British clothing and food retailer Marks & Spencer plans to open 20 new, bigger stores in its 2023-24 year as part of a radical overhaul of its store estate that will see it invest £480 million ($587 million).
The 139-year-old group said on Monday the investment would generate more than 3,400 new jobs across the United Kingdom.
M&S’s move shows the continuing importance of physical stores to retailers despite the rise of online shopping over the last two decades.
M&S and fellow clothing retailers Next and JD Sports Fashion have all highlighted a post-pandemic swing from online shopping back to physical shopping in the Christmas trading period.
Data from IMRG, an e-commerce trade body, last week showed online retail sales in Britain fell last year for the first time ever, to stand down 10.5 percent on the year.
“Stores are a core part of M&S’s omnichannel future and serve as a competitive advantage for how customers want to shop today,” said Chief Executive Stuart Machin.
Last October, M&S set out plans to accelerate what it calls its store rotation program, delivering what was an initial five-year plan within three years by 2025-26.
The plan involves reducing the number of full-line M&S stores by 67, leaving 180 higher quality, higher productivity stores that sell the group’s full clothing, home and food offering, while increasing its food only stores by 104 to 420.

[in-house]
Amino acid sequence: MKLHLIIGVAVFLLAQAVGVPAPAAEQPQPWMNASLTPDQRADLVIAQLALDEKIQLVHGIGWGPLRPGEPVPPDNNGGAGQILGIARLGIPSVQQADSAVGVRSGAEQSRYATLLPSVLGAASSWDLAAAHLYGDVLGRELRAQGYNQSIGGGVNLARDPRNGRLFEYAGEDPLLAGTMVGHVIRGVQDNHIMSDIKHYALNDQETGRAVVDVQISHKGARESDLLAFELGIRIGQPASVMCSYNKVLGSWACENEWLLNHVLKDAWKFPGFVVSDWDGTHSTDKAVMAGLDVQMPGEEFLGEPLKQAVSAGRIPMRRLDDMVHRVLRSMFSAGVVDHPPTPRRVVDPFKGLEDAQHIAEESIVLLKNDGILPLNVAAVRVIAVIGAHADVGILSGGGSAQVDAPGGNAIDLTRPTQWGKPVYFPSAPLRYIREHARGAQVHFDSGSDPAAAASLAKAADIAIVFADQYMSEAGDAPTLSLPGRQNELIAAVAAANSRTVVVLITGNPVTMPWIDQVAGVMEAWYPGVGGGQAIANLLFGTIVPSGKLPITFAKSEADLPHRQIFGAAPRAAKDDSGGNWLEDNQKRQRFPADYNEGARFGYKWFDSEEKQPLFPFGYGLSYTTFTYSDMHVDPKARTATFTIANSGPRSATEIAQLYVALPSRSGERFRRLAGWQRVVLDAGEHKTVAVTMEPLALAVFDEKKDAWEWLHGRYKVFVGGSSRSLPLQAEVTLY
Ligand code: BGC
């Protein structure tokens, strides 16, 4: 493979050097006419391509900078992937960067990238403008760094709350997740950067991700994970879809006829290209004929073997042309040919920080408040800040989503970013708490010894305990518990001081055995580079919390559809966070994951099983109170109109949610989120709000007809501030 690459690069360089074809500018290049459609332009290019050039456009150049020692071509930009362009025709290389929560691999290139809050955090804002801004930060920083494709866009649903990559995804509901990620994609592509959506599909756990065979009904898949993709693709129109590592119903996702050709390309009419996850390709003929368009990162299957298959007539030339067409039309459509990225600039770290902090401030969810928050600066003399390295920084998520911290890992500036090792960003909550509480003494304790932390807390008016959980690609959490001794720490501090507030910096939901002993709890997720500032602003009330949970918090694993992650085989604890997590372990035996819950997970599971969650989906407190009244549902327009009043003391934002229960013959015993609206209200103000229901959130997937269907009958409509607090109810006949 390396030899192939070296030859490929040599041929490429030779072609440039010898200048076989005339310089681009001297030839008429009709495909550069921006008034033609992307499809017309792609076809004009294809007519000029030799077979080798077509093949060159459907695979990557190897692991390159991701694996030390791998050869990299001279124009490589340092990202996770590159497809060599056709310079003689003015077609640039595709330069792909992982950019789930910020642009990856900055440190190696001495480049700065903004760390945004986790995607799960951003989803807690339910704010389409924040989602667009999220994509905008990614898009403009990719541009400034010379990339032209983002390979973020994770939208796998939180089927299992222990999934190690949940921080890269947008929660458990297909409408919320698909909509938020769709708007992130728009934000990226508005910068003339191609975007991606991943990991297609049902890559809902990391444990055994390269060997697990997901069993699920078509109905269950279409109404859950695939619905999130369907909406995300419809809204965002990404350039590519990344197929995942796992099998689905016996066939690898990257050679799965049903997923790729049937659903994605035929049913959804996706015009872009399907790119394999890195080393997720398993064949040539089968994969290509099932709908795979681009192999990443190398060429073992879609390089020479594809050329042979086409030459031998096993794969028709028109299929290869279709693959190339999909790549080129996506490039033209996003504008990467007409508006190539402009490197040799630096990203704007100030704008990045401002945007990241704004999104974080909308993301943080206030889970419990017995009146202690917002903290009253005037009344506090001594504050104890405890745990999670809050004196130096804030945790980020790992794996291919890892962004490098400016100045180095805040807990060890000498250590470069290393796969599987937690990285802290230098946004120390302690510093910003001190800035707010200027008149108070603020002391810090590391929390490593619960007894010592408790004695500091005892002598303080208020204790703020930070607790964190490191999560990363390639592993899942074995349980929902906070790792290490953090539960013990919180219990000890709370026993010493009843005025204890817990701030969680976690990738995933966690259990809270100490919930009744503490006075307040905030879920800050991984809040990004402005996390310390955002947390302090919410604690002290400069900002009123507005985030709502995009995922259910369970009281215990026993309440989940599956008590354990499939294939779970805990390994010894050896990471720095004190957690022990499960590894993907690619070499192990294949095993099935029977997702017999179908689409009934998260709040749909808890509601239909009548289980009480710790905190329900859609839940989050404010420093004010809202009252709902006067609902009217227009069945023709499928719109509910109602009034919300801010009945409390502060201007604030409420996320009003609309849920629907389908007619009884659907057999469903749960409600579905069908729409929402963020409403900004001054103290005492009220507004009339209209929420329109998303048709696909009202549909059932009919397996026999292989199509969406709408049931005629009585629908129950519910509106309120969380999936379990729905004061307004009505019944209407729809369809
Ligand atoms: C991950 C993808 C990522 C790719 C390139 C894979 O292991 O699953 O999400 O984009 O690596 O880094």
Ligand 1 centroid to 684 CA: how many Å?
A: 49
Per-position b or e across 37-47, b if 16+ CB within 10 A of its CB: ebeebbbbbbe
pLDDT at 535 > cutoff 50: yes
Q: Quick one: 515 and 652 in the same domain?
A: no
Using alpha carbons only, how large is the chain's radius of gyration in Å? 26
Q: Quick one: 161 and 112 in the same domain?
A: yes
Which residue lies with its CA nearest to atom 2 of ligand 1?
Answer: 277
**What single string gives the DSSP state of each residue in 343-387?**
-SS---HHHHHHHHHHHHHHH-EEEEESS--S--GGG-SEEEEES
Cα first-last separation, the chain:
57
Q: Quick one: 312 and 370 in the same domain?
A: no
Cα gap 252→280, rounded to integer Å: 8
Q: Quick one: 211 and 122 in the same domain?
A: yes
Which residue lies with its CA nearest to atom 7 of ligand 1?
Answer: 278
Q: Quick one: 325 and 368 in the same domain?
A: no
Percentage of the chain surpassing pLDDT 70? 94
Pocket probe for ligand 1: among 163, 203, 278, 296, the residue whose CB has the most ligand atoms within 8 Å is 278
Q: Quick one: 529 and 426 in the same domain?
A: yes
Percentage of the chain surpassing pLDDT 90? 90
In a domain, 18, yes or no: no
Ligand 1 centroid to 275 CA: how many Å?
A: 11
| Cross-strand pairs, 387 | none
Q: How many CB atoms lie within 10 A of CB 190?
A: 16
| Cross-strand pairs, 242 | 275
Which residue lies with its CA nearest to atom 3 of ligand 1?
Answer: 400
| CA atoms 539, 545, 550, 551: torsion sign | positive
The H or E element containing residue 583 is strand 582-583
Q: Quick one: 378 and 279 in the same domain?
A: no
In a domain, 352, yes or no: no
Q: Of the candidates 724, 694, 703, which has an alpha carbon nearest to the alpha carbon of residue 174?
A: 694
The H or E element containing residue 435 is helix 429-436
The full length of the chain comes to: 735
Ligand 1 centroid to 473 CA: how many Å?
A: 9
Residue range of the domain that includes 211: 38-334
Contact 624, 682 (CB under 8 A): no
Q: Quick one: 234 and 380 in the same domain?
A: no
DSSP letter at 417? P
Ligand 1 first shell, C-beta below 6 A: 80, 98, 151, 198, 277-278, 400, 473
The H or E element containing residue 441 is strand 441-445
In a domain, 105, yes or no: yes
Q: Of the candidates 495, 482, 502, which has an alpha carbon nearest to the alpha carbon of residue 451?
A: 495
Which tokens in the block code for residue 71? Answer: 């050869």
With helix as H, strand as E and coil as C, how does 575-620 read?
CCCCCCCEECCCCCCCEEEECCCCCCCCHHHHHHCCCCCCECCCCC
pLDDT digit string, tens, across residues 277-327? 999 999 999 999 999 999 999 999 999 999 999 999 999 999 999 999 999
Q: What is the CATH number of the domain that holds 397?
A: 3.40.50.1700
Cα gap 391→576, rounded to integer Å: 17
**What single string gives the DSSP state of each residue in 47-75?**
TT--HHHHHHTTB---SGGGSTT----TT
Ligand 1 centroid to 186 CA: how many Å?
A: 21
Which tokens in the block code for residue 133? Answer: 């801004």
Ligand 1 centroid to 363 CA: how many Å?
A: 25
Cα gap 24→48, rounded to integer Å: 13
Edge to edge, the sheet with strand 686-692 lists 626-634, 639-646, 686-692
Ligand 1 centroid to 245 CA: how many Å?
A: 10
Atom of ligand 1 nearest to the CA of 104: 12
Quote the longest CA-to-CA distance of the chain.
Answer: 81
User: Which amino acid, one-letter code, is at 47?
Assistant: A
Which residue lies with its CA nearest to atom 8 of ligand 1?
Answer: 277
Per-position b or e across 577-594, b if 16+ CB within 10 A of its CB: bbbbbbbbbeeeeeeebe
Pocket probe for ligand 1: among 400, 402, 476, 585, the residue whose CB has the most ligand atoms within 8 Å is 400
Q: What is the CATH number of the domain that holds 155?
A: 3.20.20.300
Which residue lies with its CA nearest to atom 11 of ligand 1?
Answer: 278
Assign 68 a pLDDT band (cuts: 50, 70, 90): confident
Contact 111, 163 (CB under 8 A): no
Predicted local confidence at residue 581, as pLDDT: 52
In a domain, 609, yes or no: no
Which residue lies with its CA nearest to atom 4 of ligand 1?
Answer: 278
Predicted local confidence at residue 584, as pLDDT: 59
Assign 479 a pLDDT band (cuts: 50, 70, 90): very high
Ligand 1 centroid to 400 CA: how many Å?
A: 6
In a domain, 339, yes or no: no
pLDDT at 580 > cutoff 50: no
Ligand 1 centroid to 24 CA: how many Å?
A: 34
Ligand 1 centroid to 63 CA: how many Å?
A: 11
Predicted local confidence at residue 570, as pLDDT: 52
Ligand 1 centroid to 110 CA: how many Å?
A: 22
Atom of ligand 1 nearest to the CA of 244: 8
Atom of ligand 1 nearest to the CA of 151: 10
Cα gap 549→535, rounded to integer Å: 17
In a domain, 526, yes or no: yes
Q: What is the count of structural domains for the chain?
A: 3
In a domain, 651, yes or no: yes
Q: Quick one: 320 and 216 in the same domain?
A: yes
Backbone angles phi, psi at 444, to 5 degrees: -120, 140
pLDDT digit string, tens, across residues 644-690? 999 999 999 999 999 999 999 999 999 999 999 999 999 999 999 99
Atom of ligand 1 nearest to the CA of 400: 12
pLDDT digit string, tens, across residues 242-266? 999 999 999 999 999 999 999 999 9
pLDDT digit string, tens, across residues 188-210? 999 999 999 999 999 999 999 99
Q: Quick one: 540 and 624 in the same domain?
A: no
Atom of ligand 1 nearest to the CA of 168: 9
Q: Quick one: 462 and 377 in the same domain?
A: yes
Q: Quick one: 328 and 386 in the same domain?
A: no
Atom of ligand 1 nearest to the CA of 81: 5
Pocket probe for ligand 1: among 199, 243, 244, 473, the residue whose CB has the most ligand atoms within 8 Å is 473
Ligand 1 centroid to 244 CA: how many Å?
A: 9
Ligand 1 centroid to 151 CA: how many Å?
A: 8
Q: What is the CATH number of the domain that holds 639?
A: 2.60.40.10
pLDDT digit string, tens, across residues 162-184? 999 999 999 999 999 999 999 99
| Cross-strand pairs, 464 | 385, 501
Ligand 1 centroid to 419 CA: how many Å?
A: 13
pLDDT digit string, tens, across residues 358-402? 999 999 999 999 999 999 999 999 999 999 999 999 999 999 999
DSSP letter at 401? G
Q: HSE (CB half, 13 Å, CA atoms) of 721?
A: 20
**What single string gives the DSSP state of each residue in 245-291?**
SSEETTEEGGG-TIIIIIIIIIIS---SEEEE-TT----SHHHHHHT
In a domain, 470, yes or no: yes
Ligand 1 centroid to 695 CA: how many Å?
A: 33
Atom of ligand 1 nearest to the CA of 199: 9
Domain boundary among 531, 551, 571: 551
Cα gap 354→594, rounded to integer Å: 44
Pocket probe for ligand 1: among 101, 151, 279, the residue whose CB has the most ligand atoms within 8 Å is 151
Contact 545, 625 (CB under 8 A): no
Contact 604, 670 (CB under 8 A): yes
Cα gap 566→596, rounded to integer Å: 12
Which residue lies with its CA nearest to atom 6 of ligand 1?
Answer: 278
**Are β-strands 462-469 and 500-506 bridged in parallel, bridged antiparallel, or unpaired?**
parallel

“Our store rotation program is about making sure we have the right stores, in the right place, with the right space,” said Machin.
He noted that customers who shop with M&S on multiple channels are eight times more valuable.
M&S, which last week reported better-than-expected Christmas trading, said its new store pipeline for 2023-24 includes eight full-line stores, including in Leeds, Liverpool, Birmingham and Manchester. Twelve new M&S food halls are also planned.
In addition to its owned store investment, M&S plans to extend its franchise model to expand its convenience stores offer, building on partnerships with BP, Moto, SSP and Costa.
M&S is part funding its program by releasing development value in some of its older UK sites, including at its flagship site in Marble Arch.
Shares in M&S were up 1 percent in early trading. The stock is up 24 percent over the last month but still down 34 percent over the last year.
Last November, fashion chain Primark set out plans to invest 140 million pounds in its UK store estate over the next two years, opening at least four new stores that will create 850 jobs.
Primark does not have an online delivery option but is trialing Click & Collect.
By James Davey; Edited by Paul Sandle, Kylie MacLellan and Sharon Singleton
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